ING Direct USA’s CEO on Why Loan Modification Isn’t Working

Readers of this blog know that I am not a fan of mortgage loan modification. That said, it’s not my intent to rehash that discussion. Rather, I want to discuss this editorial I read in today’s Wall Street Journal by Arkadi Kuhlmann, CEO of ING Direct USA, titled Why Mortgage Modification Isn’t Working.

Since the [loan modification] program began, more than three million homeowners have become eligible for assistance. In turn, mortgage servicers have reached out to these borrowers, initiating the modification process. Roughly 760,000 homeowners have received loan modifications on a trial basis. But just 31,000 modifications have been made permanent.

That’s a success rate of just 1%. This means that up to 99% of eligible homeowners struggling with their mortgage payments have been unable thus far to modify their loans.

Here’s his explanation for the ‘limited success’:

A big reason for HAMP’s limited success is that the government is suffocating banks with counterproductive accounting rules. Under current law, if a bank modifies a mortgage it must record the write-down as an expense on its books. For example, if a homeowner’s monthly mortgage payment is reduced by $400 per month for 24 months, the bank has to report that it “lost” $9,600 ($400 times 24 months).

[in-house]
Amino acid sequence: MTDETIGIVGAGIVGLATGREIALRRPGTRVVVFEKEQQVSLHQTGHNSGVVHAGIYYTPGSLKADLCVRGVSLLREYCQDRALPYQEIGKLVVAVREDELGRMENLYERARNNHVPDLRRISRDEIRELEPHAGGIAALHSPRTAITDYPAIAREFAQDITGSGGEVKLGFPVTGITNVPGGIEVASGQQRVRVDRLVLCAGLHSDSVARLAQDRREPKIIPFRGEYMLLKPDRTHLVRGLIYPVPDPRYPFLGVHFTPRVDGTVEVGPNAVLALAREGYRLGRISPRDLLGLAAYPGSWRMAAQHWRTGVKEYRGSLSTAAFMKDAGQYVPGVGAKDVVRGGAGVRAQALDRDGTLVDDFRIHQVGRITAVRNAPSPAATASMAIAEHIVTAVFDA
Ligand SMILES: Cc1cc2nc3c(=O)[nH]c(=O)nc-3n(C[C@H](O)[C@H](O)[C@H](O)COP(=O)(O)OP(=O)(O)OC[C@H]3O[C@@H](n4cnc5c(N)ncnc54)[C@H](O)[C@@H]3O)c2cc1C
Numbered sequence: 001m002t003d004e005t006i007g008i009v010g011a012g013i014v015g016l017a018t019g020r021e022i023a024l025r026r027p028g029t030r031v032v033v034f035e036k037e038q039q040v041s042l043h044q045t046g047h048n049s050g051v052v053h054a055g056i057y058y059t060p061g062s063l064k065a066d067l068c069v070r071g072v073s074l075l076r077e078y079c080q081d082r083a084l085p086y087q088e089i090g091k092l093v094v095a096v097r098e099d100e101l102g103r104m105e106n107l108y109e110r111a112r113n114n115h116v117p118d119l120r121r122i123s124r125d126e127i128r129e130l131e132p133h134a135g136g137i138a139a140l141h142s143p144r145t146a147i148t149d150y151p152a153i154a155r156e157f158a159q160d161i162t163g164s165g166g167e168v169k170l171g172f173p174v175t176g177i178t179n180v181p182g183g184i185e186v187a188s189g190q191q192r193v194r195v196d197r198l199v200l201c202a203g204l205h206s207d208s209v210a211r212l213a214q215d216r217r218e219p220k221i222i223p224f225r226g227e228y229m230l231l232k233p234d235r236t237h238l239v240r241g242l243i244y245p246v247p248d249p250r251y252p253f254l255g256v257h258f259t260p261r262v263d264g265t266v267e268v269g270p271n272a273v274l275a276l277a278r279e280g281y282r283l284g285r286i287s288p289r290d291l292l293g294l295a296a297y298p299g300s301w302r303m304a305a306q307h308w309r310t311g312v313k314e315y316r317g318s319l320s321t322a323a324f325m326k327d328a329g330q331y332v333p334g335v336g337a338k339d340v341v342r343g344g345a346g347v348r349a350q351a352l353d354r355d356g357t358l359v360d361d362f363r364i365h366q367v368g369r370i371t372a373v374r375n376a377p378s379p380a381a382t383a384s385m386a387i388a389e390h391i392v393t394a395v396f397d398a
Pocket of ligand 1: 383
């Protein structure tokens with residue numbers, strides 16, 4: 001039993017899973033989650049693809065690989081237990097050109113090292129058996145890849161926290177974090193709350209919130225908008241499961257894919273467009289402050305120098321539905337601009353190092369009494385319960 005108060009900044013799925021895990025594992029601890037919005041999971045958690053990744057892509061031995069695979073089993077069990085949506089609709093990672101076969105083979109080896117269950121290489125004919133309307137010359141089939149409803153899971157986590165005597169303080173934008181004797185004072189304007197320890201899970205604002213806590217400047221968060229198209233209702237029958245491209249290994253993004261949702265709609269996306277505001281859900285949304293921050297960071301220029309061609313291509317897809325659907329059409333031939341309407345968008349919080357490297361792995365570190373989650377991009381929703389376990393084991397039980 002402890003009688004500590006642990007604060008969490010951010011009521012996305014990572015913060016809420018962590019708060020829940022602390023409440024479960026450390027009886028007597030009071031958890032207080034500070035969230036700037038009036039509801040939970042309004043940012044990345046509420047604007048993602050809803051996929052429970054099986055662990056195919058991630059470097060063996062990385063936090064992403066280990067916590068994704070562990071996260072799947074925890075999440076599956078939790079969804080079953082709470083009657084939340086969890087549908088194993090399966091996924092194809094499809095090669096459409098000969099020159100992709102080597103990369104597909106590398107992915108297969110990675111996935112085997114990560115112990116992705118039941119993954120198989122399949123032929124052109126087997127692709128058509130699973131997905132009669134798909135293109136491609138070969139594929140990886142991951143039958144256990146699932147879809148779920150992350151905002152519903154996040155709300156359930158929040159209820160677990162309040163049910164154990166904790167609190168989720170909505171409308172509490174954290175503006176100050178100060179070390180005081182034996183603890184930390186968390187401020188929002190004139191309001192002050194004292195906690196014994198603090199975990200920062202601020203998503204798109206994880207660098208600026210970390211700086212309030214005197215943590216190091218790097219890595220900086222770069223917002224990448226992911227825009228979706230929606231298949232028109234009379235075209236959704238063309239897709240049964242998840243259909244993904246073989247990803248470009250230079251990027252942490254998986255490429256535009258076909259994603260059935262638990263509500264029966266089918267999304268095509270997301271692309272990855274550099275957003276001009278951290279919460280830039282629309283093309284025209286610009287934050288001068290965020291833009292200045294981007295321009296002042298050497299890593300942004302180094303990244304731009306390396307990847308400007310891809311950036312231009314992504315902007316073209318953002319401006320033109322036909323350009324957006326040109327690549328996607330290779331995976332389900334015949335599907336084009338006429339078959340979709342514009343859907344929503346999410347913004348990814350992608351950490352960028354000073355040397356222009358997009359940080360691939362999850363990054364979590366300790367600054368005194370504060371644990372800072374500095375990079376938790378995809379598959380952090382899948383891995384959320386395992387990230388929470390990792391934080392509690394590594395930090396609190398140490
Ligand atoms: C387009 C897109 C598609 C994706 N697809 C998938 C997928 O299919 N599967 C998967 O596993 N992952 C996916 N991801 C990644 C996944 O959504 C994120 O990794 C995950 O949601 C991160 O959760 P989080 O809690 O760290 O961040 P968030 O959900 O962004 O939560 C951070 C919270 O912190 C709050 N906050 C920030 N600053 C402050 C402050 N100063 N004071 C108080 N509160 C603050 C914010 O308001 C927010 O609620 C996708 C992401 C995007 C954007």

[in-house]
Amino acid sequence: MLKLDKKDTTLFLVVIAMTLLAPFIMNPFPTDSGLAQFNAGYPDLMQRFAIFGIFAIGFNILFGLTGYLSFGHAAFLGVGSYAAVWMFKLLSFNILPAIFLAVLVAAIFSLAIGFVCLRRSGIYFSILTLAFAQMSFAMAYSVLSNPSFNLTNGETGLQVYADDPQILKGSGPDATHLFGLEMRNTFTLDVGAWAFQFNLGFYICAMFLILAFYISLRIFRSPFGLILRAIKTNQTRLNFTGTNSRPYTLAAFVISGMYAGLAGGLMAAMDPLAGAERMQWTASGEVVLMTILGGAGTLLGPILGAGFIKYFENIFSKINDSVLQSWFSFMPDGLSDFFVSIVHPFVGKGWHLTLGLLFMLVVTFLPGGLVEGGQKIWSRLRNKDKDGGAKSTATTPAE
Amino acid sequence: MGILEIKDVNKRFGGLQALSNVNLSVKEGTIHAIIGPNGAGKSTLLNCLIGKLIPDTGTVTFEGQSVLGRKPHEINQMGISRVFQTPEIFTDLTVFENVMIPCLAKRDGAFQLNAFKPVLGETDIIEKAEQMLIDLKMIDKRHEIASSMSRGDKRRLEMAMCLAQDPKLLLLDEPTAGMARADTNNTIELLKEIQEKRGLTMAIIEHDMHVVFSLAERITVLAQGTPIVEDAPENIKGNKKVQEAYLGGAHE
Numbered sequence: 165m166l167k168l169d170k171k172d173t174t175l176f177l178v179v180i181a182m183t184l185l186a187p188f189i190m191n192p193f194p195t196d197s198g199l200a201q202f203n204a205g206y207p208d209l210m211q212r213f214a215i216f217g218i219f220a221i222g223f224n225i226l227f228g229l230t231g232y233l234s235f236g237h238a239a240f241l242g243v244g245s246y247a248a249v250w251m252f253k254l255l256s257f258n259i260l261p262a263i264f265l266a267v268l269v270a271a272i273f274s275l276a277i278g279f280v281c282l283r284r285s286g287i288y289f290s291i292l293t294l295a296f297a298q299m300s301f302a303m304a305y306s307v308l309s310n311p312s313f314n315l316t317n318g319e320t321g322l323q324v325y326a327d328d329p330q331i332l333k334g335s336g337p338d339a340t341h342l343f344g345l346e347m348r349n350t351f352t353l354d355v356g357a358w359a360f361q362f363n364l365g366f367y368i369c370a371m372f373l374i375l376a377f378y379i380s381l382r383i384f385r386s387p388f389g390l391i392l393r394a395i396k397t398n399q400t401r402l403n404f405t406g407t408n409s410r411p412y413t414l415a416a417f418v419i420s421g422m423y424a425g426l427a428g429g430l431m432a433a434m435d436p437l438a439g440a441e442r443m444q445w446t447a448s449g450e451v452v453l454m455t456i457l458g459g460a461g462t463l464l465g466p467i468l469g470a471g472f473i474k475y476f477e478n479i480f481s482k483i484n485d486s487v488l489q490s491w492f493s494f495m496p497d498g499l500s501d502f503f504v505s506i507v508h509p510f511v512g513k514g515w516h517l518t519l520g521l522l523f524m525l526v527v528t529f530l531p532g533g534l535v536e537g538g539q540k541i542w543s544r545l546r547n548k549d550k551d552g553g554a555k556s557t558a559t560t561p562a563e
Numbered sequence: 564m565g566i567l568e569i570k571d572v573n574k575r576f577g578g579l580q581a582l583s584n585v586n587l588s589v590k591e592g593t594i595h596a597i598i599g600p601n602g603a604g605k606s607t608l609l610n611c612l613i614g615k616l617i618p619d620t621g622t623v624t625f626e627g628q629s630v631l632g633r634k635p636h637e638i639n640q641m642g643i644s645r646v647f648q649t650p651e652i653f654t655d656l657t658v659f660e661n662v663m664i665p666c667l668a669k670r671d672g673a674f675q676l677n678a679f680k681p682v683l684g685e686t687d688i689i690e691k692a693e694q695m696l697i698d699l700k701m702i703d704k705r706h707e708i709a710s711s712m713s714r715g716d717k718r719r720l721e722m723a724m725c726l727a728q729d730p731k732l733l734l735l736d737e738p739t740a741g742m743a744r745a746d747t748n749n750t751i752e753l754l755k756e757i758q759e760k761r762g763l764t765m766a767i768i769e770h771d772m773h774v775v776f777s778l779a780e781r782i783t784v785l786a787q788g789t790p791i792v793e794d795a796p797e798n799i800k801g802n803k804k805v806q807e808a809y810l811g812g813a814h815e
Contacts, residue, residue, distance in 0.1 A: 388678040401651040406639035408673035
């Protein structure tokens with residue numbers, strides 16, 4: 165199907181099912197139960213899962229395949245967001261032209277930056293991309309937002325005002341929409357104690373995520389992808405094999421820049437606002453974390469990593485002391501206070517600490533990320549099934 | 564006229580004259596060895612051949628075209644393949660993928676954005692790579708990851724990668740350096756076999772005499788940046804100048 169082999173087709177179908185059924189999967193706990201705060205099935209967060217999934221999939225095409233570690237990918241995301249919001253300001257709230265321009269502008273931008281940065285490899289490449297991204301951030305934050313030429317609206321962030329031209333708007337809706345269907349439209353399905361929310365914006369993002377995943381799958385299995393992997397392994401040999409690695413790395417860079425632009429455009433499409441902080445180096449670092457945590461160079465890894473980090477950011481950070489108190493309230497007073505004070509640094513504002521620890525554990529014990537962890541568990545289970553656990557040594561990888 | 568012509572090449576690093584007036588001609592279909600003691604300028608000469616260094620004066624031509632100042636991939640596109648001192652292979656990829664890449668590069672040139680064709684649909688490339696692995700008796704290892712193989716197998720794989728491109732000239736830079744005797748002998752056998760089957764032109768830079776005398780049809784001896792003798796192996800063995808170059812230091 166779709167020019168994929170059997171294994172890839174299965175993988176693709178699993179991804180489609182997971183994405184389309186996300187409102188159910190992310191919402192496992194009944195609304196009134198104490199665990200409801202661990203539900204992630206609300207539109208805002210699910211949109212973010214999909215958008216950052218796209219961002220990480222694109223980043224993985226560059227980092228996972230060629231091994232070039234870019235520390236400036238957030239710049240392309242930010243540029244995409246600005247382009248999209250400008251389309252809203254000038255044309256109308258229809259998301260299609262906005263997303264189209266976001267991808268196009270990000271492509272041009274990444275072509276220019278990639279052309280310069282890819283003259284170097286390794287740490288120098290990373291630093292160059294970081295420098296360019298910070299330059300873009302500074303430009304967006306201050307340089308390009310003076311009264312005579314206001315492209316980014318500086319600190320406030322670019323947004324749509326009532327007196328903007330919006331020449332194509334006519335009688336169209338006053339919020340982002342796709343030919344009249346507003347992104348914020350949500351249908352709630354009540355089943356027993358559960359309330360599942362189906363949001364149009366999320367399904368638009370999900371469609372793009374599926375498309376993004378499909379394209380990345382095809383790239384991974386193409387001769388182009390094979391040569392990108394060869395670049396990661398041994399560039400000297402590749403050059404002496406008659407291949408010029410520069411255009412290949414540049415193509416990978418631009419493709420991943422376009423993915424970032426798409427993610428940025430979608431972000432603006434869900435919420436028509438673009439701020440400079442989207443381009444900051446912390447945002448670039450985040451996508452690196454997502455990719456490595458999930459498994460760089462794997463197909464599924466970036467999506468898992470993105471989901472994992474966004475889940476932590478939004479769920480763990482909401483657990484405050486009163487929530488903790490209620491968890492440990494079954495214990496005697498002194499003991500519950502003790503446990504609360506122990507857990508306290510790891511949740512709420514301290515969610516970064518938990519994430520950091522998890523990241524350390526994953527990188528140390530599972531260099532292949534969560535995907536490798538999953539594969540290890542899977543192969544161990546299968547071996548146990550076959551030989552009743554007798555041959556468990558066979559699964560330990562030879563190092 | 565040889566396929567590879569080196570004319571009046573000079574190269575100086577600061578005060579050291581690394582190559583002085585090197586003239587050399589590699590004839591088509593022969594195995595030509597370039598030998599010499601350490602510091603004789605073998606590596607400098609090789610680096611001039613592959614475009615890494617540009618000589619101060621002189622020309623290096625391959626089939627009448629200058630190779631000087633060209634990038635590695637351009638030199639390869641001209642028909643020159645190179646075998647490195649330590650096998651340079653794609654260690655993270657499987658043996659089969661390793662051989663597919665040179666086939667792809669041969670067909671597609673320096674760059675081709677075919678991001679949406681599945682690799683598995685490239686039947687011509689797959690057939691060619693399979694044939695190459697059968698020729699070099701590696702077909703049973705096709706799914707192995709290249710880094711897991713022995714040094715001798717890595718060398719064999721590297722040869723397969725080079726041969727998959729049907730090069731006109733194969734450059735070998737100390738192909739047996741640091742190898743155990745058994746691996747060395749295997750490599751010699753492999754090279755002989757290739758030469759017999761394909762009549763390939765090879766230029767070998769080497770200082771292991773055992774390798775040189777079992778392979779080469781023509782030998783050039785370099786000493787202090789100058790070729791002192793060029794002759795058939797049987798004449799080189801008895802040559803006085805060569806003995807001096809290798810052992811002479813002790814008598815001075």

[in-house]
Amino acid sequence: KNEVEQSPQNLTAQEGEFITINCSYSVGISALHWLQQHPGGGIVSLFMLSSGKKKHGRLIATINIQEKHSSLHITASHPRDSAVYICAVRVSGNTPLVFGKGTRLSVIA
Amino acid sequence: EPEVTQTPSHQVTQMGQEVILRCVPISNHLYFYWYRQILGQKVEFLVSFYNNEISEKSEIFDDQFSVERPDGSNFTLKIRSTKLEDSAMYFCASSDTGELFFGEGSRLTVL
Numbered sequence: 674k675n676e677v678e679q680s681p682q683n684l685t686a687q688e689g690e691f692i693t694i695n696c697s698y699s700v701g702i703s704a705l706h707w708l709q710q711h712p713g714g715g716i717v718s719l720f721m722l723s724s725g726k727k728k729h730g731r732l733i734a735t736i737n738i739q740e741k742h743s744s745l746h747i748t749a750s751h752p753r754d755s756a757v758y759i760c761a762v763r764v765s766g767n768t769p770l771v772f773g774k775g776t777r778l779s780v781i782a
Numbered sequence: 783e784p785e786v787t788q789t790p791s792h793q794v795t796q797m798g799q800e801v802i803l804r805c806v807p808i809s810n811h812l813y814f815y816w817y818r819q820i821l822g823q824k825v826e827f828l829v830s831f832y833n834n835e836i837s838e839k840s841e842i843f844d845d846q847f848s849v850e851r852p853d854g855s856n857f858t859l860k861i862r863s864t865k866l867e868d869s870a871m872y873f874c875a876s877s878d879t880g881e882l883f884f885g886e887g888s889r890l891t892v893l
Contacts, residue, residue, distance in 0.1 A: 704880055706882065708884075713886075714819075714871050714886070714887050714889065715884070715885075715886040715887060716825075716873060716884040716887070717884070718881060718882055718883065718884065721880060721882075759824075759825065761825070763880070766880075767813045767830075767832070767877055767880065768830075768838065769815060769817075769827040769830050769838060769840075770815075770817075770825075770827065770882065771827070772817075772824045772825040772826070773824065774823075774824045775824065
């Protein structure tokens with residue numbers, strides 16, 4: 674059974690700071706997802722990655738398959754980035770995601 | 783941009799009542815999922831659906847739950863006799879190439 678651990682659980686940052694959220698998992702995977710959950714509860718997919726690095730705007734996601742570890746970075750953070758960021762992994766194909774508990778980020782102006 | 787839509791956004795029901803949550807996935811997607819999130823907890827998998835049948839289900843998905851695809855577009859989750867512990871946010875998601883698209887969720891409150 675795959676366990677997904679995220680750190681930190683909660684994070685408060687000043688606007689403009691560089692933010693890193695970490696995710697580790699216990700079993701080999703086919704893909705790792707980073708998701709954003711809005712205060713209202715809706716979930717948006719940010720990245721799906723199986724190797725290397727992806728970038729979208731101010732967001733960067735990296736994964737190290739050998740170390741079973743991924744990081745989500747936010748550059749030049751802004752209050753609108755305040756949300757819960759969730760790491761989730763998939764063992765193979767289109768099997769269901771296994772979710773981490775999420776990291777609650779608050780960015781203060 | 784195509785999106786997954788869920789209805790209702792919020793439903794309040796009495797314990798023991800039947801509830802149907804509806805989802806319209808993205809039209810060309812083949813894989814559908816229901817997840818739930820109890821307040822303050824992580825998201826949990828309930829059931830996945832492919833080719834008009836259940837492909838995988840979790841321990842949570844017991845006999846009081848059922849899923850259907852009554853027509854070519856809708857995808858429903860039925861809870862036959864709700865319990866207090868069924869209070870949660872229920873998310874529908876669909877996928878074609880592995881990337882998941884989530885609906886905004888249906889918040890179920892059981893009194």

The bank, though, didn’t lose any money—it’s still scheduled to receive the totality of the loan principal, just less interest.

I don’t understand why the entire loan modification is included as an expense. That seems a little harsh to me. I can definitely see how this would impact a bank’s desire to work with the borrowers.

The last sentence of the above quote seems to be badly worded. The bank does lose some money but the amount depends on the terms of the loan and how much modification was done.

Moving forward, one of the commenters on the article, Theodore Beckley, suggested going back to underwriting standards:

• 20 % minimum down payment on any purchase.

• Monthly payments no more than 25 % of taxable income.

• Total Income verified and notarized.

• No 2nd mortgage for down payment.

• No more than 80% of buyer’s principal for a mortgage loan.

• No loan if receiving Low Income Energy Assistance Program (Leap) or Food Stamps.

• Eliminate adjustable rate mortgages.

• Eliminate interest only payments.

• Subsidies and tax benefits not figured in meeting above requirements.

I like all of these ideas but I will say that my wife and I purchased our home with only a 5% down payment. BUT…we did at least buy a house we could afford and I believe we are in better financial shape now because of it.

I really like the one about food stamps. If someone can’t afford food without assistance, then they shouldn’t be buying a house. It’s just common sense.

The other comments on the article are worth reading too.